They also had the following expenditures:
Added new layer to existing roof 3/2/2009 $6736
New carpeting * $5000
* For the entire house except basement installed on 4/1/2009
The Harrisons decided to take advantage of the low cost of housing in Fresno, California. On 3/2/2009 they closed escrow on a 10-unit apartment building at 1313 Euclid Avenue, Fresno, California 90384. The cost of the building, improvements and land (based on FMV) was as follows:
Escrow fee 1,000
Title insurance 1,500
Landscaping n 20,000
Wall to wall carpeting 22,000
Stoves, refrigerator and dishwashers
(7 -years old at purchase) 6,000
They chose segmented depreciation in order to receive the maximum depreciation. Therefore, they depreciate the personal property and improvements separately from the building.
The rental income and expenses for the year were as follows:
Rental income $146,500
Depreciation expense (for you to determine)
Interest Expense $ 35,200
Property taxes $ 22,000
Insurance Expense $ 3,200
Repairs and maintenance $ 12,200
Supplies $ 4,200
Advertising $ 842
On 6/2/2009 Warren had the asphalt parking lot of the rental property resurfaced for $5250. He also took a course on real estate management for which he paid $1400.
The Harrisons had purchased a Honda Accord on 6/1/2008 for $42,000 plus sales tax of 9.5 percent. They also took out an extended warranty for $2500. They financed the car with a home equity loan for the entire amount of the purchase. They sold the Honda Accord on 12/31/2009 for $22,000. On 3/2/2009 the car was worth $27,000.
Warren made 60 trips to Fresno by car during 2009. The mileage in each direction was 186 miles. 15 of the trips were made prior to the purchase of the apartment building in order to investigate other potential properties that they did not end up buying. 10 trips were made in order to meet with his real estate agent to purchase this particular property. The remainder of the trips were made to deal with the gardener, contractor, and tenants.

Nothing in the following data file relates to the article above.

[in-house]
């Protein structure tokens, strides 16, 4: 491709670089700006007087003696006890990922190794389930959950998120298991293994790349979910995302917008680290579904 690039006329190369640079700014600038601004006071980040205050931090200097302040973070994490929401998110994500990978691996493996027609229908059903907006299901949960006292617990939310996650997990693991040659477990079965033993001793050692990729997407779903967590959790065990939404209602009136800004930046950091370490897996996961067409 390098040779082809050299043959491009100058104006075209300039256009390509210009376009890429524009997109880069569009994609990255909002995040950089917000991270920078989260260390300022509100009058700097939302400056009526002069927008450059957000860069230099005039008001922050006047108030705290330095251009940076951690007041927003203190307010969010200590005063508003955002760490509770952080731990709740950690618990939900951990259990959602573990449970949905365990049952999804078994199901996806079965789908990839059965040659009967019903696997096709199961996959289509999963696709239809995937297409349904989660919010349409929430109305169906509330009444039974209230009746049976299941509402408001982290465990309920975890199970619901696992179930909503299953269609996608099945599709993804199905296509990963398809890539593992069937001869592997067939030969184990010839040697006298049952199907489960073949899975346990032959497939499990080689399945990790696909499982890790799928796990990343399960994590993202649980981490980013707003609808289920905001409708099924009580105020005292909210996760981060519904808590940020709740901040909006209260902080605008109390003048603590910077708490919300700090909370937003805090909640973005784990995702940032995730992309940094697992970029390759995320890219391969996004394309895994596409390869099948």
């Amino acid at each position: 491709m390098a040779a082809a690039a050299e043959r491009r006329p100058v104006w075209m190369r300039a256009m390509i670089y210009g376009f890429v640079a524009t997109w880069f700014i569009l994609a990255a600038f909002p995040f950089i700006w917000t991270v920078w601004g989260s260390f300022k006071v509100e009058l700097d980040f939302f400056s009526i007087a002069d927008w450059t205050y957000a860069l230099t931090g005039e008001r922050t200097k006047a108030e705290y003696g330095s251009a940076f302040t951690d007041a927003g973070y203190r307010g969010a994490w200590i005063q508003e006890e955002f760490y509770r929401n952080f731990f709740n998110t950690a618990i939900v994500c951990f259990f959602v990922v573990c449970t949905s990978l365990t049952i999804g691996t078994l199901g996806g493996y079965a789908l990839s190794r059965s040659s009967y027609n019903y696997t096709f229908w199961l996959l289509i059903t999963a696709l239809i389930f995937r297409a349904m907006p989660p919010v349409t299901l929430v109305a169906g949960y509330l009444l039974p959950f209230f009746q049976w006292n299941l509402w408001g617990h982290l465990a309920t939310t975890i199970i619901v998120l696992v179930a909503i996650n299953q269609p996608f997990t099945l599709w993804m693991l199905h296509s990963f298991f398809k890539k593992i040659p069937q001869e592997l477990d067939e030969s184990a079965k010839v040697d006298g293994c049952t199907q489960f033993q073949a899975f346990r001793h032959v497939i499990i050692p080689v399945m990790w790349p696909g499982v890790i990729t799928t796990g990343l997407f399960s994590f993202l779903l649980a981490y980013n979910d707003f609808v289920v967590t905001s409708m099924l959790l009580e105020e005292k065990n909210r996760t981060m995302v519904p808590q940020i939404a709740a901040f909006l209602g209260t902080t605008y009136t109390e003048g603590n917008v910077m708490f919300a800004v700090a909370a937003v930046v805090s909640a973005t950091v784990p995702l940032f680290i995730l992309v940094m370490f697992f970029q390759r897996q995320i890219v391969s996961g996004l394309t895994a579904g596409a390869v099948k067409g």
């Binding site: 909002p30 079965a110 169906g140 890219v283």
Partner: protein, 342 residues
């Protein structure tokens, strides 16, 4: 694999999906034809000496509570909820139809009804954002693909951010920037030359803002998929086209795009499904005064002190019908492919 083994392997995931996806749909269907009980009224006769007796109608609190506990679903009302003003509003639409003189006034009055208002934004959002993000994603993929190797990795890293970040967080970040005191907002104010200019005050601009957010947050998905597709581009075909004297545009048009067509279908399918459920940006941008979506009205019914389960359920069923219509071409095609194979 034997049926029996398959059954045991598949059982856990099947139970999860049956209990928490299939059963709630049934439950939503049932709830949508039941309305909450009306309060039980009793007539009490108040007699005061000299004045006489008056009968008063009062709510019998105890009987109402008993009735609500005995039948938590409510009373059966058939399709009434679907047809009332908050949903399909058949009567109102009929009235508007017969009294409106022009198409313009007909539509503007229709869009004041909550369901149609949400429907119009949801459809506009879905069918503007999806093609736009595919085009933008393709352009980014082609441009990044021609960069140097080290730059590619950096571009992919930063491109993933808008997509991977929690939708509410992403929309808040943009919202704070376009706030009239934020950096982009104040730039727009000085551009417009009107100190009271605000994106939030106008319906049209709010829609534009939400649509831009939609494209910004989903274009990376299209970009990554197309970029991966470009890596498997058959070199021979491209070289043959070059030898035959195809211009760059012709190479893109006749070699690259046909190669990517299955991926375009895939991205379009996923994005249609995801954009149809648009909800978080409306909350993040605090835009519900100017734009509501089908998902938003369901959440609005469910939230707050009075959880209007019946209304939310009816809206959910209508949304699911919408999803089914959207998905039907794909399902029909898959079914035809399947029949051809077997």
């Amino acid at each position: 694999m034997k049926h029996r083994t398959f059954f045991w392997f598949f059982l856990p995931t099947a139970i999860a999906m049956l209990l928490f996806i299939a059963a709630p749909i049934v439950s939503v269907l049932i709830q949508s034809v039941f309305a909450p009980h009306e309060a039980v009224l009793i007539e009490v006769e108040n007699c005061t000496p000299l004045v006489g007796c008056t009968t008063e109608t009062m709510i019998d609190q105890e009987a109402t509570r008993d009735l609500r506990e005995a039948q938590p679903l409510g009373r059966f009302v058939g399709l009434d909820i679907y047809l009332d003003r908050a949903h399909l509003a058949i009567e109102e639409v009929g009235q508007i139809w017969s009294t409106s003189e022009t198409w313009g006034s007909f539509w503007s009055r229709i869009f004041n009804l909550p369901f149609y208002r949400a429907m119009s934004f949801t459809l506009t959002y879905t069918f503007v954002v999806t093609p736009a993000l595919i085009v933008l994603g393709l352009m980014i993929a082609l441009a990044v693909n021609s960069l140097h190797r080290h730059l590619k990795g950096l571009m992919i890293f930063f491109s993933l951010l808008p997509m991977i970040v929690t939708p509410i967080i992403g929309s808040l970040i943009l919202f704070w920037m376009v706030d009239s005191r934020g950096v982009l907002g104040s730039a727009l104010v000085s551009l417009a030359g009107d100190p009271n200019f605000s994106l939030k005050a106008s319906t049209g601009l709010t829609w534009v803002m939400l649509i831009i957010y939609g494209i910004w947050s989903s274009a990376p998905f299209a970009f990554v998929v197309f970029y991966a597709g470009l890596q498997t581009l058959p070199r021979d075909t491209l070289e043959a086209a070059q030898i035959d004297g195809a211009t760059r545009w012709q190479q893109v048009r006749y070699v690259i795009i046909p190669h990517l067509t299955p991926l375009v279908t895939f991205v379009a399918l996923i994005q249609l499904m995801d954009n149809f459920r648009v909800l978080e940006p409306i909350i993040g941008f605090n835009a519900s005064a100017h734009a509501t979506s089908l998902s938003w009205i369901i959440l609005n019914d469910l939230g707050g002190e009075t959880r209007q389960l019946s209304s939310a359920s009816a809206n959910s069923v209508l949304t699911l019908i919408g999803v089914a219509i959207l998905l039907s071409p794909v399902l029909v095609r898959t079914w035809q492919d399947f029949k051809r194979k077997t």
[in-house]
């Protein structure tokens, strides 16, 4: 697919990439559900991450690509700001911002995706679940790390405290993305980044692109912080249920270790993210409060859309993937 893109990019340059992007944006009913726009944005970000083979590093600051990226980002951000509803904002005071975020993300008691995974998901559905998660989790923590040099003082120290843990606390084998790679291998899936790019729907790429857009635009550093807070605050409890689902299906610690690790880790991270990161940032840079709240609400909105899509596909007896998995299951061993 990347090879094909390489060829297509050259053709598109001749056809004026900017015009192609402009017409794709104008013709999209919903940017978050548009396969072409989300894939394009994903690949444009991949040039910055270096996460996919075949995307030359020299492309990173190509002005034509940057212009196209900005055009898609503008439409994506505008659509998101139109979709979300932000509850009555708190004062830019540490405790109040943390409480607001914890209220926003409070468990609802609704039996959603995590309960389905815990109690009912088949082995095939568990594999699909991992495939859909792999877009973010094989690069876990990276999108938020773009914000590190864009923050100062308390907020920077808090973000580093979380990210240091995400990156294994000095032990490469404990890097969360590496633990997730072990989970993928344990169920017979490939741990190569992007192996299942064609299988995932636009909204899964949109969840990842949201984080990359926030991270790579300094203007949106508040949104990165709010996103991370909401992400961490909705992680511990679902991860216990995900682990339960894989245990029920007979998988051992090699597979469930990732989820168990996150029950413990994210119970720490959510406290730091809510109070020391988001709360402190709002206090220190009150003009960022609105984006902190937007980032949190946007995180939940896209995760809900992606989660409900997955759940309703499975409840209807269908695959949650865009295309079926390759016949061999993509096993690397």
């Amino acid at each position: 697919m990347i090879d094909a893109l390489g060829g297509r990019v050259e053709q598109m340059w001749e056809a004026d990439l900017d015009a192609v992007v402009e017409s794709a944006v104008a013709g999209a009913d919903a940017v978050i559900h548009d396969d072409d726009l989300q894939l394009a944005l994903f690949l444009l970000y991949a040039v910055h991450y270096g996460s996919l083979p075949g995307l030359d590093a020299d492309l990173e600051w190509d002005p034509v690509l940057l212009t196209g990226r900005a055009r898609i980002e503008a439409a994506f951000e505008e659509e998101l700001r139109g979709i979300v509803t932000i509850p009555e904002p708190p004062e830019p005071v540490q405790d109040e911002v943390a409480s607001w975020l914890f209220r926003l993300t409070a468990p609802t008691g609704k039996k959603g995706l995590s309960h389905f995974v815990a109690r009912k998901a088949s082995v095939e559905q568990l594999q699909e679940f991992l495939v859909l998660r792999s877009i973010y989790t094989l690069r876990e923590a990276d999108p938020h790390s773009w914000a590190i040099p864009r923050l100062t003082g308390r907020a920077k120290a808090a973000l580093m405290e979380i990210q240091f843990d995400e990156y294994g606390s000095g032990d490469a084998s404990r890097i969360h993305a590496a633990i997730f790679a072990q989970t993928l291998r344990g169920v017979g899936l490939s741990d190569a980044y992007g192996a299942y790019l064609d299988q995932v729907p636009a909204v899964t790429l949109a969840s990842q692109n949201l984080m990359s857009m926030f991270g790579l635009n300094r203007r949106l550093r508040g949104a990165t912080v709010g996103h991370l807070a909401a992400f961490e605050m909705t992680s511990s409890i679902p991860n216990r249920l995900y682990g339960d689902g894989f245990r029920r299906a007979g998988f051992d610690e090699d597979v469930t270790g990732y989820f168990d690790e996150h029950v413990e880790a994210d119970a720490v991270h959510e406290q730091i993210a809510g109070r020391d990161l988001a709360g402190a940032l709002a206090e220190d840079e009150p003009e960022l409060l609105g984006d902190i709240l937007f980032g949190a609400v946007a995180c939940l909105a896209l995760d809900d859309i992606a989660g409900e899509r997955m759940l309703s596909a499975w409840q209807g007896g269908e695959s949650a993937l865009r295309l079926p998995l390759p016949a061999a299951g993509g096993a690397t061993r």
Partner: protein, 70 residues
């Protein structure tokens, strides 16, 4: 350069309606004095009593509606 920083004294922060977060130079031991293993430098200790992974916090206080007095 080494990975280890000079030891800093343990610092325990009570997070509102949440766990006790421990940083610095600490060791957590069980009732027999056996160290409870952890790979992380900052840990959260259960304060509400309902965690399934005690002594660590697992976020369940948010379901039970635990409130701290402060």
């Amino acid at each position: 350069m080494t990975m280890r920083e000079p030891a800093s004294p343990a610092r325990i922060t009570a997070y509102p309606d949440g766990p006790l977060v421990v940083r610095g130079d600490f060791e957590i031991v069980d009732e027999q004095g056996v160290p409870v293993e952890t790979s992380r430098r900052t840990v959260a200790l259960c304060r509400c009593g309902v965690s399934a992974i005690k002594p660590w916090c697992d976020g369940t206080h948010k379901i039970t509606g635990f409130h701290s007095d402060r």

On each of these trips he would stop at his favorite restaurants for meals. He spent $42 per day on meals each day he was on the road. He always returned the same day when he drove. During 2009 the total mileage for the Honda Accord was 35,000 miles. They chose to use the actual mileage method. Other expenses for the car during 2009 were:
Interest Expense 1500
Depreciation Expense ?
Personal Property Tax 80
License fee 120
Gas and Oil 1800
Repairs and Maintenance 800
Car washes 300
Auto club fee 120
The Harrison’s home was 2400 square feet (excluding the basement which was 800 square feet). Warren set up an office in his home to manage the rental property on the same day he purchased the rental property. The room he used for an office was 400 square feet. He placed calls to contractors and tenants from the office, wrote checks and kept records in the office. He spent about 20 hours a month in the office. For the office he purchased some new furniture and equipment and also moved some furniture from other parts of his house into the office. The furnishings for his office were:
New computer, printer, fax $3,200
Property management software 220
Turbotax Premier to prepare his tax return 80
Books on property management 150
New file cabinets 600
He moved the following furnishings from the house:
Oriental rug cost $3,000 FMV 2,000
Desk cost $ 3,000 FMV 1,000
Television cost $ 800 FMV 600